Bees as Biosensors: Chemosensory Ability, Honey Bee Monitoring Systems, and Emergent Sensor Technologies Derived from the Pollinator Syndrome.

Bromenshenk JJ, Henderson CB, Seccomb RA, Welch PM, Debnam SE, Firth DR - Biosensors (Basel) (2015)

Arnia’s Remote Hive Monitoring web-based reporting system [89]. The interface is intuitive and works well for beekeepers.
© Copyright Policy
Related In: Results  -  Collection

License
Show All Figures
getmorefigures.php?uid=PMC4697140&req=5

biosensors-05-00678-f008: Arnia’s Remote Hive Monitoring web-based reporting system [89]. The interface is intuitive and works well for beekeepers.
Mentions: Arnia [89], based in the UK, provides individual hive-monitoring systems with cellular communications that are comparable to our pallet-based systems with satellite communications. Founded in 2009, Arnia currently sells their systems in 14 countries. Arnia’s hive systems are distinguished by ready access to hive data via any Internet-enabled device in any web browser (Figure 8) for relatively low-cost, hive-based data acquisition from individual hives.

Bottom Line: Observations of bee odor search behavior extend back to Aristotle.In the past two decades great strides have been made in methods and instrumentation for the study and exploitation of bee search behavior and for examining intra-organismal chemical communication signals.In particular, bees can be trained to search for and localize sources for a variety of chemicals, which when coupled with emerging tracking and mapping technologies create novel potential for research, as well as bee and crop management.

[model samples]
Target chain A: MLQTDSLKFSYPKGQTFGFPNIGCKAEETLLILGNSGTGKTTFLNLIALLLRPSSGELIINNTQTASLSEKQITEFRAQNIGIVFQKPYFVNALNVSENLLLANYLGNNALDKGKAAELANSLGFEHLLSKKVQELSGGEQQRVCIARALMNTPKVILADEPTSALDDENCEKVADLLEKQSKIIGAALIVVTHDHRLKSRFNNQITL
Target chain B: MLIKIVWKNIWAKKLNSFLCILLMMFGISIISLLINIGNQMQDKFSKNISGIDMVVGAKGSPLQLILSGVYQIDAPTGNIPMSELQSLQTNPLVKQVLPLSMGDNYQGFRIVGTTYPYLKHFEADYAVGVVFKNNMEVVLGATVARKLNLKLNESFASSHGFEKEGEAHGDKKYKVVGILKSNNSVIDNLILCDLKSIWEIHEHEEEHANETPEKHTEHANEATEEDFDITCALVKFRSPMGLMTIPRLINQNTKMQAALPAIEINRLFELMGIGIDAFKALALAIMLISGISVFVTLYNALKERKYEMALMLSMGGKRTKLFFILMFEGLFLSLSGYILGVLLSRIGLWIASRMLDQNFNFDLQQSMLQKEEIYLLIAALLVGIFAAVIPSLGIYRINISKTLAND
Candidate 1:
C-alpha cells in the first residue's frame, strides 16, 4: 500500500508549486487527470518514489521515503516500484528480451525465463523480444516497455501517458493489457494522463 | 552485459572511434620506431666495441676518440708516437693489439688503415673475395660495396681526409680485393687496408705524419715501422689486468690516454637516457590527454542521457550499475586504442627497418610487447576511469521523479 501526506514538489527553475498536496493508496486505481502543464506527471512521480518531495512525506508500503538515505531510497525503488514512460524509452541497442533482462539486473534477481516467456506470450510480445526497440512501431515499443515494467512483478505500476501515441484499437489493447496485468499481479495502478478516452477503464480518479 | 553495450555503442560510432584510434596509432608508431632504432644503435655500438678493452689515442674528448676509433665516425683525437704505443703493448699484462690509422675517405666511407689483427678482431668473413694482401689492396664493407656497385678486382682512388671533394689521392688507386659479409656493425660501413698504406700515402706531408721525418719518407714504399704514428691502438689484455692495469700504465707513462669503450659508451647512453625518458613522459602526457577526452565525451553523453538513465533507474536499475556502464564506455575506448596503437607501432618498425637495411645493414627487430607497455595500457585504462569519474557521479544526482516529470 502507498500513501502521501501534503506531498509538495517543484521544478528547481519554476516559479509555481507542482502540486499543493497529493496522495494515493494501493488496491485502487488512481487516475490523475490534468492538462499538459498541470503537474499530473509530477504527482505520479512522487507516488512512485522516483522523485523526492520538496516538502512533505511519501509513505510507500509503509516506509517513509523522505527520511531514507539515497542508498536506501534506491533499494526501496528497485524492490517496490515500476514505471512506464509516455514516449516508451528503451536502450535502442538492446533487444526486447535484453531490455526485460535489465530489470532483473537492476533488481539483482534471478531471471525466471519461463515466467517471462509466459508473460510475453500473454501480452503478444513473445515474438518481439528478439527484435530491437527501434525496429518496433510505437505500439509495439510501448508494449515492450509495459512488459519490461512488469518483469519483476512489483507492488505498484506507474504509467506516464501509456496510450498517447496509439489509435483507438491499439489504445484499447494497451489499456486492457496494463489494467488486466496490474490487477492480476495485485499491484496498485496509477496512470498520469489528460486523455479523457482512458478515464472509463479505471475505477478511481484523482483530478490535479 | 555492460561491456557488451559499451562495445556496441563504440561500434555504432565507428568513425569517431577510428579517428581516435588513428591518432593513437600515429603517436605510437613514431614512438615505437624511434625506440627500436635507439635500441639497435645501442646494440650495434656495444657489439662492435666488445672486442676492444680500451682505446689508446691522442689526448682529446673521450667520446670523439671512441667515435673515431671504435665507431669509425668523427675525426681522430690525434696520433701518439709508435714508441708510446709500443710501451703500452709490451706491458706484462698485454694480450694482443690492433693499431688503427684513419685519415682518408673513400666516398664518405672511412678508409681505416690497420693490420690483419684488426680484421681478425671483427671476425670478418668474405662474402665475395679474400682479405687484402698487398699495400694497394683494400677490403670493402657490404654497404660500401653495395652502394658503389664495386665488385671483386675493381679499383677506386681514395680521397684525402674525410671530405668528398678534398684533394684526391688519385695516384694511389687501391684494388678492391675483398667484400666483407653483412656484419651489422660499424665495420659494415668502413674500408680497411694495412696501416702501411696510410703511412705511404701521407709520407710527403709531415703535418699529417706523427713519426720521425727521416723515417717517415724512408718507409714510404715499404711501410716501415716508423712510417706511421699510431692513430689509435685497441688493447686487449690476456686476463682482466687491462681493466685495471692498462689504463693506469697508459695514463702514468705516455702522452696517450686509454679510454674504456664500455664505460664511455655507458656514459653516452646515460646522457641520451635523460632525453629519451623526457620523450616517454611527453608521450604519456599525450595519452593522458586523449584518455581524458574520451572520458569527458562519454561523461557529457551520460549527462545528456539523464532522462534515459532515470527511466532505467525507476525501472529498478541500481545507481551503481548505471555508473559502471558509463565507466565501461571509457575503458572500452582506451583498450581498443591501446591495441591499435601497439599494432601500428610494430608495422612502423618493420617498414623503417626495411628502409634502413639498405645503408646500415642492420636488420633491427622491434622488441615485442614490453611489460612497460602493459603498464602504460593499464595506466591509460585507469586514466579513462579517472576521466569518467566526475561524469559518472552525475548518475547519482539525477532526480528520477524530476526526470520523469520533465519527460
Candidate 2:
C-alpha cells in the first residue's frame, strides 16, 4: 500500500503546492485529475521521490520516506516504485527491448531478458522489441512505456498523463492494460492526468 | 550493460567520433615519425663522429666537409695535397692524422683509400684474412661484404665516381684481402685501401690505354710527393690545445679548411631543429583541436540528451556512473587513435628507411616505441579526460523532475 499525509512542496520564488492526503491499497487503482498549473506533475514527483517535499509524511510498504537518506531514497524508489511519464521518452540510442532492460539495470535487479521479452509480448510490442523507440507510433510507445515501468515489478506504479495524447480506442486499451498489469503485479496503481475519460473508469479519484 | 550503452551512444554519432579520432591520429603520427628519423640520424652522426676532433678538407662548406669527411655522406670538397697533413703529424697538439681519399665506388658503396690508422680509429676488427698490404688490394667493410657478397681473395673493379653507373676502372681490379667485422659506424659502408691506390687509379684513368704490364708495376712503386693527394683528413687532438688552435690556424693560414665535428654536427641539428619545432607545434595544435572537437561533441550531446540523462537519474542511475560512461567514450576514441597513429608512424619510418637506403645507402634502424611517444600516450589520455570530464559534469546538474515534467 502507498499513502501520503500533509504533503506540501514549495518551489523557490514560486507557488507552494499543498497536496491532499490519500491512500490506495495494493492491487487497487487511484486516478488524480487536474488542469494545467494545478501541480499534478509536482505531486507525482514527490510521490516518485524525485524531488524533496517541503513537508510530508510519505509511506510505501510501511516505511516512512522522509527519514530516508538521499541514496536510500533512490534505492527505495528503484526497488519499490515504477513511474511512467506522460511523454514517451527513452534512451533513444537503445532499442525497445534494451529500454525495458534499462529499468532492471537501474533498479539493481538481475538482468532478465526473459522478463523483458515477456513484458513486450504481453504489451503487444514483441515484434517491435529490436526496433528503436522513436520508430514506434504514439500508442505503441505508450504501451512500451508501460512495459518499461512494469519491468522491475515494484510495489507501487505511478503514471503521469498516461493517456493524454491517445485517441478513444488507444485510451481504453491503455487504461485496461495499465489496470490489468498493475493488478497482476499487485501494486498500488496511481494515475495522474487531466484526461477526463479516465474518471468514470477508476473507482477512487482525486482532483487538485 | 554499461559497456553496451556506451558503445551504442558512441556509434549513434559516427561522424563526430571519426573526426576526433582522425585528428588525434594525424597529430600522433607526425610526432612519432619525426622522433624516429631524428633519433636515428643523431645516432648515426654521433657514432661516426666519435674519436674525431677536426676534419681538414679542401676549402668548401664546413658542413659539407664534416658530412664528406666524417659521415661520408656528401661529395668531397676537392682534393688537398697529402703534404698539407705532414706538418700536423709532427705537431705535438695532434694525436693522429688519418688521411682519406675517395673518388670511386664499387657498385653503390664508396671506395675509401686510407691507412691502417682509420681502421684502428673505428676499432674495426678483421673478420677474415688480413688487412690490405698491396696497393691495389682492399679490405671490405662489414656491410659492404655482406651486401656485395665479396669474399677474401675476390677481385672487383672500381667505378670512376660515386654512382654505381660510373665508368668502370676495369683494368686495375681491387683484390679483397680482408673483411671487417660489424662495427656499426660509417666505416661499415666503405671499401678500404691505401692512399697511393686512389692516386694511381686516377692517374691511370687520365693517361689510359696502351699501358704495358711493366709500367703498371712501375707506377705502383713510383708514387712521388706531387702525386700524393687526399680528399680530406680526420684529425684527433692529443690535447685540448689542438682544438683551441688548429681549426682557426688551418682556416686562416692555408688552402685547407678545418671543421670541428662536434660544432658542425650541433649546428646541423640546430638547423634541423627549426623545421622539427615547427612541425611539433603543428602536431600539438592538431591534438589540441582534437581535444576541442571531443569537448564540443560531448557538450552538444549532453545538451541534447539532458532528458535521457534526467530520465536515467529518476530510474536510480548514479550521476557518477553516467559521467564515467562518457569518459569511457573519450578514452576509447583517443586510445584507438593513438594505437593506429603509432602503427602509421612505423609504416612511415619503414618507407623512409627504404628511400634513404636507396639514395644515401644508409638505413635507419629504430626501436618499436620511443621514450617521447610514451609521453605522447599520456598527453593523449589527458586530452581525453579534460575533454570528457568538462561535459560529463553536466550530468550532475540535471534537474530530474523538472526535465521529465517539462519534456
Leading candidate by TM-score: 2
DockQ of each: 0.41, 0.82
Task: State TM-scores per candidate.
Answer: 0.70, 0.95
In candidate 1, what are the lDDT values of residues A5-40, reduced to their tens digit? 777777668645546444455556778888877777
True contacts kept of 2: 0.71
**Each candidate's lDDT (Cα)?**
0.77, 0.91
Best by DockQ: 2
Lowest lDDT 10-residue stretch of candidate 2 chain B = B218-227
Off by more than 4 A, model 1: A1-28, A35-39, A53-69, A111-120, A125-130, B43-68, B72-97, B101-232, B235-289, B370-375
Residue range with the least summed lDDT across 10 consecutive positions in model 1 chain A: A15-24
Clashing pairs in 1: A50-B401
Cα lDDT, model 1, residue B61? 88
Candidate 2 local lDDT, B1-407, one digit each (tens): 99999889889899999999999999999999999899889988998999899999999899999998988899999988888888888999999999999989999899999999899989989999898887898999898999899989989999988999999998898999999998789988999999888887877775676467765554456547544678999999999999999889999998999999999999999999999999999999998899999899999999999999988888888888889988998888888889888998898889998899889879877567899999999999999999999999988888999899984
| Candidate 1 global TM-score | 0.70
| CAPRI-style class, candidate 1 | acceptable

View Article: PubMed Central - PubMed

Affiliation: Bee Alert Technology, Inc., 91 Campus Drive, PMB# 2604, Missoula, MT 59801, USA. beeresearch@aol.com.

ABSTRACT
This review focuses on critical milestones in the development path for the use of bees, mainly honey bees and bumble bees, as sentinels and biosensors. These keystone species comprise the most abundant pollinators of agro-ecosystems. Pollinating 70%-80% of flowering terrestrial plants, bees and other insects propel the reproduction and survival of plants and themselves, as well as improve the quantity and quality of seeds, nuts, and fruits that feed birds, wildlife, and us. Flowers provide insects with energy, nutrients, and shelter, while pollinators are essential to global ecosystem productivity and stability. A rich and diverse milieu of chemical signals establishes and maintains this intimate partnership. Observations of bee odor search behavior extend back to Aristotle. In the past two decades great strides have been made in methods and instrumentation for the study and exploitation of bee search behavior and for examining intra-organismal chemical communication signals. In particular, bees can be trained to search for and localize sources for a variety of chemicals, which when coupled with emerging tracking and mapping technologies create novel potential for research, as well as bee and crop management.

Show MeSH
Related in: MedlinePlus